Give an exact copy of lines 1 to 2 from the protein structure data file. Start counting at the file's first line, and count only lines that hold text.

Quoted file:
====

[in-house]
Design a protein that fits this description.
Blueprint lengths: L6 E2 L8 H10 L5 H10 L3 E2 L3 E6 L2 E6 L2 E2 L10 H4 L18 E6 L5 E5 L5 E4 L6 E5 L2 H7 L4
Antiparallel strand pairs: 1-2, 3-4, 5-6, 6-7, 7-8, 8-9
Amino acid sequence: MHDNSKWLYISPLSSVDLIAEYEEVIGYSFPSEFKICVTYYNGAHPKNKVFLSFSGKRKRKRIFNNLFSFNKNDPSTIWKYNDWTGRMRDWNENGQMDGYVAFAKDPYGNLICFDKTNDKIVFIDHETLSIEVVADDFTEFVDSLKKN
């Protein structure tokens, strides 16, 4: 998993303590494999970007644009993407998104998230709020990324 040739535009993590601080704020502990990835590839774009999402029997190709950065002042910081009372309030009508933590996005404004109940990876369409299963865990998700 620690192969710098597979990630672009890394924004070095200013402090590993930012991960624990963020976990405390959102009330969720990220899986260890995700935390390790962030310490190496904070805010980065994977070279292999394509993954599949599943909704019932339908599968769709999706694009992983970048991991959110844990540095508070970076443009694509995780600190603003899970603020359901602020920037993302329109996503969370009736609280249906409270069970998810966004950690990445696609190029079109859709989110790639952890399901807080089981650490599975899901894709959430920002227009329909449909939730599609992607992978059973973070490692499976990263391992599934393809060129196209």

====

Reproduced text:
[in-house]
Design a protein that fits this description.